How should AngularJS 1.x be used, to make things easier (as easy as they can be…) if the time comes to port an application to Angular 2? This is a frequent topic of discussion at our Angular Boot Camp classes, which are still quite popular (in early 2016) for AngularJS 1.x even as Angular 2 grows close to release.
We often have students or private class managers ask that our class cover this topic, but they really don’t even need to ask. Over the last 6-9 months we have revamped our curriculum and approach to teaching AngularJS 1.x to pervasively answer aspects of this question. Here it is, in a more explicit summary:
- Build your application mostly from components. If you are able to use 1.5 right now, go ahead and use the new .component() API extensively. If you are stuck on an older version, use component style directives. Regardless, mostly follow the component pattern, only reach for a standalone controller or template in rare cases.
- The migration tools coming from the core team are about migrating from 1.5 forward, not about older versions; so if you have an application built on an 1.4, 1.3,, or even older, now is a good time to move past whatever is stopping you from upgrading to 1.5. There are numerous other benefits to upgrading also, each incremental version of AngularJS 1.x has improved performance and other areas.
- Make your components mostly push data downward using data binding.
- Make your components mostly push information about things that happened upward, mostly using “&” hooks (the closest thing in A1 to A2 events).
- Mostly use the A1 features data binding, to avoid needing to write things like manual $watches. We have found at Oasis Digital that nearly every manual watch can be removed and replaced with data binding, letting AngularJS itself watch (and stop watching when appropriate) an expression instead.
- Minimize or avoid the A1 scope event system; use it only in very unusual cases. There is nothing like it in A2, and even in A1 it is of limited utility with a component-centric approach. Those isolate scopes will stop events anyway. We typically use the scope event system only for things like talking to APIs which are exposed in that way (like route change notifications).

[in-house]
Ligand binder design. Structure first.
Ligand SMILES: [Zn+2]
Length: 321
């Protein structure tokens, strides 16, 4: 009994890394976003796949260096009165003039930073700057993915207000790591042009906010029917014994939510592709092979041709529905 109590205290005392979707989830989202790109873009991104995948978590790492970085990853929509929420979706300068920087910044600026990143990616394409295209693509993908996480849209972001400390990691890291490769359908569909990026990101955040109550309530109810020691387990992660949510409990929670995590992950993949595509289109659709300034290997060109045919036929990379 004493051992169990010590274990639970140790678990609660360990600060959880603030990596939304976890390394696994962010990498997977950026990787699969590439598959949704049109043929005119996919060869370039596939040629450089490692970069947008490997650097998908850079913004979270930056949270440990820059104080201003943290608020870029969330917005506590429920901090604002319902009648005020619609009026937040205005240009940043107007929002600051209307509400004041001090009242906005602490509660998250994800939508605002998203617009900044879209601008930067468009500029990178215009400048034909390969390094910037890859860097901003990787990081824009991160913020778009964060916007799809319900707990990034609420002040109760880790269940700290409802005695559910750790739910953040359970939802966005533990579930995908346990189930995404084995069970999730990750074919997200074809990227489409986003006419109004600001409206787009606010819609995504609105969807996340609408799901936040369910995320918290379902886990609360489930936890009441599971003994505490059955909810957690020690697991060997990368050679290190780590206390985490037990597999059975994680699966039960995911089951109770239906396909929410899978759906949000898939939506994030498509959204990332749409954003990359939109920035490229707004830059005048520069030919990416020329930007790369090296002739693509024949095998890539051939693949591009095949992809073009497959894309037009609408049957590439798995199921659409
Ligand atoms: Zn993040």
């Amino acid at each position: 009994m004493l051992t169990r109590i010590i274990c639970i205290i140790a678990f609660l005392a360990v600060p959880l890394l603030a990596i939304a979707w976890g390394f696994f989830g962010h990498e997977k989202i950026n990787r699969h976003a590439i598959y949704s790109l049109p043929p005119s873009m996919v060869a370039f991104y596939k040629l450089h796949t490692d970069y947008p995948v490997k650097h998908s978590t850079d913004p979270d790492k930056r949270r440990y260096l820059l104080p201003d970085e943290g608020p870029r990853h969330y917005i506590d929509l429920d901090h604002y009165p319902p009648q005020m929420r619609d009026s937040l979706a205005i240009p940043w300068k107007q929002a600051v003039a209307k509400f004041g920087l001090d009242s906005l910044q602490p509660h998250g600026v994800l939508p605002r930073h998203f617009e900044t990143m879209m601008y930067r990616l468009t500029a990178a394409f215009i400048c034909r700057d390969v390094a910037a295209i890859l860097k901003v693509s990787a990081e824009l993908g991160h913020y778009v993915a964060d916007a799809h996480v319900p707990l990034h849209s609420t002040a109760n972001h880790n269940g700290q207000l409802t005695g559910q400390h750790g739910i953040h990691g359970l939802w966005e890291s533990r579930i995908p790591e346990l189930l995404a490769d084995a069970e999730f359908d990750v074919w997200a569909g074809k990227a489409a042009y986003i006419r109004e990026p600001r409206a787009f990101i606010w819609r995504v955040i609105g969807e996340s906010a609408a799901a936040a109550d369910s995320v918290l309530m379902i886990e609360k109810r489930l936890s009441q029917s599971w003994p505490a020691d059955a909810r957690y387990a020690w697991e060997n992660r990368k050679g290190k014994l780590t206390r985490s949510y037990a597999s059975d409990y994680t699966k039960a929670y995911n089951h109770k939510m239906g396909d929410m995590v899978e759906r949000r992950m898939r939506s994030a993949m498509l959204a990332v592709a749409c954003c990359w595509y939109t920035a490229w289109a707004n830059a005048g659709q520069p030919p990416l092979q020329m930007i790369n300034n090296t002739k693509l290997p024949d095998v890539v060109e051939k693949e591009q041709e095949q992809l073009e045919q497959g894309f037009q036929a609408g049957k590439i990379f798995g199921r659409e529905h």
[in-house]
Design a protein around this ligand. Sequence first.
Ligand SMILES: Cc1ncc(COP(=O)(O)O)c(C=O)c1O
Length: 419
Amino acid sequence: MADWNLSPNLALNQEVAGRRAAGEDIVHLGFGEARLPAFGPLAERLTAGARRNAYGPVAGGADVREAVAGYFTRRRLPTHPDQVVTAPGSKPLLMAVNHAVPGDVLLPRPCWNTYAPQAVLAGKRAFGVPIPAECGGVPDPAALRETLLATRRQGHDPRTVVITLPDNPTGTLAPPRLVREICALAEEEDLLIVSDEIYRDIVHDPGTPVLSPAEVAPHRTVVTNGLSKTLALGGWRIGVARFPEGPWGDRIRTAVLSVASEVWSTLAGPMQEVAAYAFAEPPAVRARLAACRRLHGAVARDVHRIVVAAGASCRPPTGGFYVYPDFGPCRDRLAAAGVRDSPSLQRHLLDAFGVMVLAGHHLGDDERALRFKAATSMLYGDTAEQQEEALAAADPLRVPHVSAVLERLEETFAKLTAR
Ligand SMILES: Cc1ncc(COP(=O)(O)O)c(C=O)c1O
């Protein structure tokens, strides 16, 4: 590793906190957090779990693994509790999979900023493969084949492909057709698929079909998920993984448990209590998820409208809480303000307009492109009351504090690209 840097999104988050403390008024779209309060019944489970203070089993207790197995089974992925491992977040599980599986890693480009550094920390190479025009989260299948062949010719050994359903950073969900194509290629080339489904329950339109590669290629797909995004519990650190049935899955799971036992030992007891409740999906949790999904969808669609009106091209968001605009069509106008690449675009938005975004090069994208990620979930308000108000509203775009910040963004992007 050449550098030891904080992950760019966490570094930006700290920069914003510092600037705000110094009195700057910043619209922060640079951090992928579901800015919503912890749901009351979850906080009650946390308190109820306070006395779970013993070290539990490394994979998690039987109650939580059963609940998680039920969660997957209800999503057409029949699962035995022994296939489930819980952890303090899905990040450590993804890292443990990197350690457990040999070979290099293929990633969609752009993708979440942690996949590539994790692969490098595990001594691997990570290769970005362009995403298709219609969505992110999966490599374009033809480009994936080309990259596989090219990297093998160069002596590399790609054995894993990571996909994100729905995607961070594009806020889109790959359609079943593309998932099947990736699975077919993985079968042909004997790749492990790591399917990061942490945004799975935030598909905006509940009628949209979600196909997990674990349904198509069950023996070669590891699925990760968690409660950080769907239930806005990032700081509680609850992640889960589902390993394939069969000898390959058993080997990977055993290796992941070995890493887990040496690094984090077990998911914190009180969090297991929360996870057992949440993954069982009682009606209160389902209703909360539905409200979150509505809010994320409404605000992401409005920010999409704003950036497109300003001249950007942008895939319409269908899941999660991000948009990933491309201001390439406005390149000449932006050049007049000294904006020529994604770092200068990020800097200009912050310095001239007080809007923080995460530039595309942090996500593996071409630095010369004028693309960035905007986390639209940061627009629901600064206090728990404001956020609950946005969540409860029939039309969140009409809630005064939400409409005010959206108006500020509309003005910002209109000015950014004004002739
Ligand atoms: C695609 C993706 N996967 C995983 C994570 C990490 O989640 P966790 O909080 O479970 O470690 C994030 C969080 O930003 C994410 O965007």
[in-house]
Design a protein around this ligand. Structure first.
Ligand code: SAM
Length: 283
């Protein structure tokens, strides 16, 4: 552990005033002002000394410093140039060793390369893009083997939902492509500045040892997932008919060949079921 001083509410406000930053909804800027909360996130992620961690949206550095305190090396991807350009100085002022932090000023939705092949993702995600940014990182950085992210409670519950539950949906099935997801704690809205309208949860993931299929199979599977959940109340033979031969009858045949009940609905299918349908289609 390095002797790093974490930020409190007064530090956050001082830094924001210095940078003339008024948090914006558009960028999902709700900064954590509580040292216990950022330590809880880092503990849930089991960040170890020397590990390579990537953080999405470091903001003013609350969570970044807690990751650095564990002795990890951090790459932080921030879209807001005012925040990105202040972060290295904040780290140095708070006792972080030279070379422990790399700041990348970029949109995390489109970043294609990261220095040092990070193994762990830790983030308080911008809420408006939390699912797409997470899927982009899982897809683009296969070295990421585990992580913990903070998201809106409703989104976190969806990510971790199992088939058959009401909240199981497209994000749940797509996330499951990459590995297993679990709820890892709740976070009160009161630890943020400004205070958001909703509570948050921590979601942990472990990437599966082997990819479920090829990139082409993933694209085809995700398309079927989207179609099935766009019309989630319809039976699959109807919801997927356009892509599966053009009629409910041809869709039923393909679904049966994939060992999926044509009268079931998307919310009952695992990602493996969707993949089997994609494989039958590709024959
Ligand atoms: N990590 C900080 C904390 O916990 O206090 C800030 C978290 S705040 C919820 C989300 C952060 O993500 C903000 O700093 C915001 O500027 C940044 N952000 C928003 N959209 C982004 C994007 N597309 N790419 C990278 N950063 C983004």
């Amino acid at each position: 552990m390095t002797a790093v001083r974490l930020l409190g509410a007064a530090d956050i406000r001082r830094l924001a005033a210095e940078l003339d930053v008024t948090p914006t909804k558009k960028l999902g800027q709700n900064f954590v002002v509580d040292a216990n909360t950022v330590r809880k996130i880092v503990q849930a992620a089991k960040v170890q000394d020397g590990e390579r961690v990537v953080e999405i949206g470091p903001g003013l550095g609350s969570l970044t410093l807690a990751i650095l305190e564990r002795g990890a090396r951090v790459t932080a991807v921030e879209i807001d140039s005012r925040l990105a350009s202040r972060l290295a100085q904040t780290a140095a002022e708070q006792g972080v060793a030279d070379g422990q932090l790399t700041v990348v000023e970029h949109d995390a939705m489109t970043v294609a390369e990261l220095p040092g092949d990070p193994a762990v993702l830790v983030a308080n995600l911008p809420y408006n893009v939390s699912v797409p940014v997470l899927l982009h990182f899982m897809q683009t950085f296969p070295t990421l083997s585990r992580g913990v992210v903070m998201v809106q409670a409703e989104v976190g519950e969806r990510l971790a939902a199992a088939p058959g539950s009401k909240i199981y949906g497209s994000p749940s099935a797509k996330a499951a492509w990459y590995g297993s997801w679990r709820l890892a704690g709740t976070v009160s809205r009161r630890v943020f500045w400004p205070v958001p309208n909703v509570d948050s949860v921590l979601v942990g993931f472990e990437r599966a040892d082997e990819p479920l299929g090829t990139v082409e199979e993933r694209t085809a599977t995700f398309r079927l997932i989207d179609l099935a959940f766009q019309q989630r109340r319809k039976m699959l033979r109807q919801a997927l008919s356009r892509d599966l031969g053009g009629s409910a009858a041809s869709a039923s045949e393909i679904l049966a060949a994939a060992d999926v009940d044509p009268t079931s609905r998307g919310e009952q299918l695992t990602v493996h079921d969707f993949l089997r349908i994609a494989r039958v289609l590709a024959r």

- Consider TypeScript, today, even on AngularJS 1.x. Here at Oasis Digital, we have done this and been very pleased with the results. We have found and fixed numerous bugs with the help of the type system, which otherwise would have been fixed later and a greater expense and risk, with testing or with production failures.
An application built in this way (and following some other things that I have overlooked) is ready to walk the Google-sanctioned migration path, mentioned from conference stages by Google team members. First make old code look more like Angular 2 (ng-forward), then put Angular 2 on the page alongside AngularJS 1.x (ng-upgrade), then convert components one at a time, then eventually remove AngularJS 1.5 from the page.
Sometimes Reality Is In The Way
We have worked with numerous teams working on numerous medium and large AngularJS applications; and sometimes the reality is not so compatible with the idealized path described above. For older, large AngularJS 1.x projects, the upgrade path might actually look something like this:
- Rewrite your AngularJS 1.x application, to follow 2015/2016 best practices, instead of the 2012 practices it is built with.
- Then you can follow the recommended upgrade path to make it a Angular 2 application.
Obviously this is not an especially appealing path. We believe there will be many large AngularJS 1.x projects that simply remain in that framework for a long time to come; and this is okay, a working application does not necessarily need to be rewritten. For many applications the path to the next framework (whether that be a newer version of Angular, or one of the many competitors) is to write the replacement application far in the future, in that new framework.
For that reason and many others, perhaps the best advice is this: don’t write huge applications at all. If you have a problem space which appears to warrant a huge application, think about it carefully and divide it up into several cooperating medium-sized applications, which might appear as one from a user point of view but which are not entangled with each other technically more than necessary. With such a system design, if the day comes that it will be moved to another framework/library (Angular 2, React, Vue, Mithril, Elm, Ember, Reagent, Om, I could go on…) you have the option of converting a portion of an overall system at a time. This is both faster, cheaper, and less risky than migrating a gigantic monolith all at once.